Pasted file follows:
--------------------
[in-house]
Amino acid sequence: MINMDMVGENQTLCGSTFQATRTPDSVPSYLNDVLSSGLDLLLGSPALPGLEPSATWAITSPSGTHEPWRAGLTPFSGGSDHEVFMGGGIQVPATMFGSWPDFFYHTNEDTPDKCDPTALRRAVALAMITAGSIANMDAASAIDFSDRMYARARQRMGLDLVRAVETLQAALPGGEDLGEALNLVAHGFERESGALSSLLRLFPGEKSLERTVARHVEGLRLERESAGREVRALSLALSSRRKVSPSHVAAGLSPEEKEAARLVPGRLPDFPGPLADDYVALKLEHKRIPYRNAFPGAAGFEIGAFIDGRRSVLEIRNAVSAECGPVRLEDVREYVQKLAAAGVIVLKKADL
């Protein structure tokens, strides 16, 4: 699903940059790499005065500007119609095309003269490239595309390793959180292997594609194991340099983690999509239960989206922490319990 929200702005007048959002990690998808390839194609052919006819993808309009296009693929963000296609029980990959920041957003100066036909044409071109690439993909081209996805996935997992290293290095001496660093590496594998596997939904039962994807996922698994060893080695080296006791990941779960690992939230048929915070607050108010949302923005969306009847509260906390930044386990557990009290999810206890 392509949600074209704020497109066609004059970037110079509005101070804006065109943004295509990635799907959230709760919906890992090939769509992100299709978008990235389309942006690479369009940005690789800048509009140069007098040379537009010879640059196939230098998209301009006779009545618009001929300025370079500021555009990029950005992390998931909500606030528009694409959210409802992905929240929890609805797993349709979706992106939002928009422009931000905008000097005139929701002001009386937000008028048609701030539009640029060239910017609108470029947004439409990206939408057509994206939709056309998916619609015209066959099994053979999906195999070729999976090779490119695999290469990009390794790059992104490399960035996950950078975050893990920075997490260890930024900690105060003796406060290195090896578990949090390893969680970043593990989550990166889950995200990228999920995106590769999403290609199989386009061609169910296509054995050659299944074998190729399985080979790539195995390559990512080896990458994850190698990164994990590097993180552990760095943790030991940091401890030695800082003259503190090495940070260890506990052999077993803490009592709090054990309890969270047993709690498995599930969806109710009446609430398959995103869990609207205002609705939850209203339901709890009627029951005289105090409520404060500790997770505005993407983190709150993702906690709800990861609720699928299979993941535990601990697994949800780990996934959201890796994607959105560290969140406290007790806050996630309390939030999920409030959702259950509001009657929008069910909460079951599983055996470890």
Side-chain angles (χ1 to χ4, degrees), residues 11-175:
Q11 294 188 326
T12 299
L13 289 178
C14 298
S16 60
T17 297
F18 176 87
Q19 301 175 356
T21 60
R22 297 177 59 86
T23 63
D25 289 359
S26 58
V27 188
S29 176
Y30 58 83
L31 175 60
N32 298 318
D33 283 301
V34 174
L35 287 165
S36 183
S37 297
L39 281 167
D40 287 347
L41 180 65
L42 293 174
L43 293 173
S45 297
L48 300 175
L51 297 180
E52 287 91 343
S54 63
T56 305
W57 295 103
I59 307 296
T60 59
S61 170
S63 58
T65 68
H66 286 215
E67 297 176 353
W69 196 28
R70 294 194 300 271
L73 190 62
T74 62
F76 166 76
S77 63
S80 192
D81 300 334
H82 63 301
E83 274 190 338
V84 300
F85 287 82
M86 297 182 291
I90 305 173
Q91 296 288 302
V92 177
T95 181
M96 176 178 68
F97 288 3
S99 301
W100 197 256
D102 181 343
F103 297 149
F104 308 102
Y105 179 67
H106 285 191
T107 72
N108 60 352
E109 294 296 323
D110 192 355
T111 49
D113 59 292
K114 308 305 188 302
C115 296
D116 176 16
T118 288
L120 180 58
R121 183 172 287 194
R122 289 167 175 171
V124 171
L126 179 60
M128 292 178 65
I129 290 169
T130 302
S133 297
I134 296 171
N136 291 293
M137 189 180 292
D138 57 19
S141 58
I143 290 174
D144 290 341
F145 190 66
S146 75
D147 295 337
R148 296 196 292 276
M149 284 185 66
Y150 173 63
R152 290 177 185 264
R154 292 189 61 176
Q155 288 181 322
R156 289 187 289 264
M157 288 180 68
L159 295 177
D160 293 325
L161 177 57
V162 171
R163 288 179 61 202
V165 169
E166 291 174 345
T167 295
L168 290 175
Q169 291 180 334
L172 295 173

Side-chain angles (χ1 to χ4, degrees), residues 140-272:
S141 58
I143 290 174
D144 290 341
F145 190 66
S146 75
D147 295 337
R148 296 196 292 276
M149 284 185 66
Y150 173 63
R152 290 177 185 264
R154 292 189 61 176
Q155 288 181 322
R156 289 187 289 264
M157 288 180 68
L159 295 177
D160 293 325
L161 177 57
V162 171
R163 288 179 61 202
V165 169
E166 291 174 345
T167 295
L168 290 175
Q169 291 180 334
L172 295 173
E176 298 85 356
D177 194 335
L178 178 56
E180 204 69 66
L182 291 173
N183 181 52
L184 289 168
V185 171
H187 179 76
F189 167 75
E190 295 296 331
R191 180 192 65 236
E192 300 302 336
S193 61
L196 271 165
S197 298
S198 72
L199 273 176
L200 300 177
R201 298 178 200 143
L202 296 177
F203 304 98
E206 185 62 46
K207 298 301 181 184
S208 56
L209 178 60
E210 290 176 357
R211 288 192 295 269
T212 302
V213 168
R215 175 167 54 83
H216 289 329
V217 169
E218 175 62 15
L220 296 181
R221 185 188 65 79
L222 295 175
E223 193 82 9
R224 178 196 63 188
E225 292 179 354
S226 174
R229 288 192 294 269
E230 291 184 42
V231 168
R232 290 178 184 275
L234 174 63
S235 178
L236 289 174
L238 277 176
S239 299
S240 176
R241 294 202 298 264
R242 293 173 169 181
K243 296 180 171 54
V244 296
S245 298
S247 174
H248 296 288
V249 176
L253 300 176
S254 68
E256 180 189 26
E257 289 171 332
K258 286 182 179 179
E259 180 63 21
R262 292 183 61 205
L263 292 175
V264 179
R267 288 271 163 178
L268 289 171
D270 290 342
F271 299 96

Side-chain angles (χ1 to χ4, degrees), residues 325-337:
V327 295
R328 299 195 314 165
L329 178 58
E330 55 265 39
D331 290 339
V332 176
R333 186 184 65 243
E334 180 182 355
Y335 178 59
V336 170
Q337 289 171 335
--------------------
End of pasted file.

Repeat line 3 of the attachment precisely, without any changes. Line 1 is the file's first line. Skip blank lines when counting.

């Protein structure tokens, strides 16, 4: 699903940059790499005065500007119609095309003269490239595309390793959180292997594609194991340099983690999509239960989206922490319990 929200702005007048959002990690998808390839194609052919006819993808309009296009693929963000296609029980990959920041957003100066036909044409071109690439993909081209996805996935997992290293290095001496660093590496594998596997939904039962994807996922698994060893080695080296006791990941779960690992939230048929915070607050108010949302923005969306009847509260906390930044386990557990009290999810206890 392509949600074209704020497109066609004059970037110079509005101070804006065109943004295509990635799907959230709760919906890992090939769509992100299709978008990235389309942006690479369009940005690789800048509009140069007098040379537009010879640059196939230098998209301009006779009545618009001929300025370079500021555009990029950005992390998931909500606030528009694409959210409802992905929240929890609805797993349709979706992106939002928009422009931000905008000097005139929701002001009386937000008028048609701030539009640029060239910017609108470029947004439409990206939408057509994206939709056309998916619609015209066959099994053979999906195999070729999976090779490119695999290469990009390794790059992104490399960035996950950078975050893990920075997490260890930024900690105060003796406060290195090896578990949090390893969680970043593990989550990166889950995200990228999920995106590769999403290609199989386009061609169910296509054995050659299944074998190729399985080979790539195995390559990512080896990458994850190698990164994990590097993180552990760095943790030991940091401890030695800082003259503190090495940070260890506990052999077993803490009592709090054990309890969270047993709690498995599930969806109710009446609430398959995103869990609207205002609705939850209203339901709890009627029951005289105090409520404060500790997770505005993407983190709150993702906690709800990861609720699928299979993941535990601990697994949800780990996934959201890796994607959105560290969140406290007790806050996630309390939030999920409030959702259950509001009657929008069910909460079951599983055996470890």